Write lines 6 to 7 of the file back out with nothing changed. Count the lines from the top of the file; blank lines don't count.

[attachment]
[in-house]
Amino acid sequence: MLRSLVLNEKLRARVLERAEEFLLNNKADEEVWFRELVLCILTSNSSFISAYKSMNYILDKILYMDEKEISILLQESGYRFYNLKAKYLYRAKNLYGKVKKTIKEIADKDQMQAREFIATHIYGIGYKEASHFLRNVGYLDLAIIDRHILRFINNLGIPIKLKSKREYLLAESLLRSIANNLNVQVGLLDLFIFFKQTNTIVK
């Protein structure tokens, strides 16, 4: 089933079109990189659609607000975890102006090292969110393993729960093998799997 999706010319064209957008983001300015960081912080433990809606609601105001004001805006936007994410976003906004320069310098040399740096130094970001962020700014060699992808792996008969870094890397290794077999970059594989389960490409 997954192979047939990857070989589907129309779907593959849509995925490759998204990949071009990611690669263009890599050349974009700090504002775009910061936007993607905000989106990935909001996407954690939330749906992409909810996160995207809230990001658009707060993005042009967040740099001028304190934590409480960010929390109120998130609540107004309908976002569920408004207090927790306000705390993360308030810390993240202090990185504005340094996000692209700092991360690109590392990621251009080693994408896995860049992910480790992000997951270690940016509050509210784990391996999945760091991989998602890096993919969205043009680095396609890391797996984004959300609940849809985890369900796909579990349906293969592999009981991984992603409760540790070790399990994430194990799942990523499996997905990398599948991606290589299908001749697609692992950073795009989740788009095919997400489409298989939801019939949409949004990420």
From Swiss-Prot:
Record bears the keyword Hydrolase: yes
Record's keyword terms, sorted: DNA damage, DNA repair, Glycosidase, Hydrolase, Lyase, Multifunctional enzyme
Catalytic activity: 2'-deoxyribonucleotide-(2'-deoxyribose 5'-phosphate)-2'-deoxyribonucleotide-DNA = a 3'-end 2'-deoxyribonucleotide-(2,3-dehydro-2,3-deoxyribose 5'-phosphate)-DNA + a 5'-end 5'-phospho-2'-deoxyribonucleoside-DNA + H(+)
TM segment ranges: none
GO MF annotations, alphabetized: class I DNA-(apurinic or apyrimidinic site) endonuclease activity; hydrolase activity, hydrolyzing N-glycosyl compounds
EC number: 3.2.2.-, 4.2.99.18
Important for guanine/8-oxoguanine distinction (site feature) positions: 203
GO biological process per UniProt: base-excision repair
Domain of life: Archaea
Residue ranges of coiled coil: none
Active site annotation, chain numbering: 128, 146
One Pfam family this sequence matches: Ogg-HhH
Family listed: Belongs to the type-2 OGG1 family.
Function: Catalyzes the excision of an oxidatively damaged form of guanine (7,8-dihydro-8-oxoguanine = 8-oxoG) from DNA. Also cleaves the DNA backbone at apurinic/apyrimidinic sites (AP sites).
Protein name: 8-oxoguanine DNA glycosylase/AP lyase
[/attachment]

Record's keyword terms, sorted: DNA damage, DNA repair, Glycosidase, Hydrolase, Lyase, Multifunctional enzyme
Catalytic activity: 2'-deoxyribonucleotide-(2'-deoxyribose 5'-phosphate)-2'-deoxyribonucleotide-DNA = a 3'-end 2'-deoxyribonucleotide-(2,3-dehydro-2,3-deoxyribose 5'-phosphate)-DNA + a 5'-end 5'-phospho-2'-deoxyribonucleoside-DNA + H(+)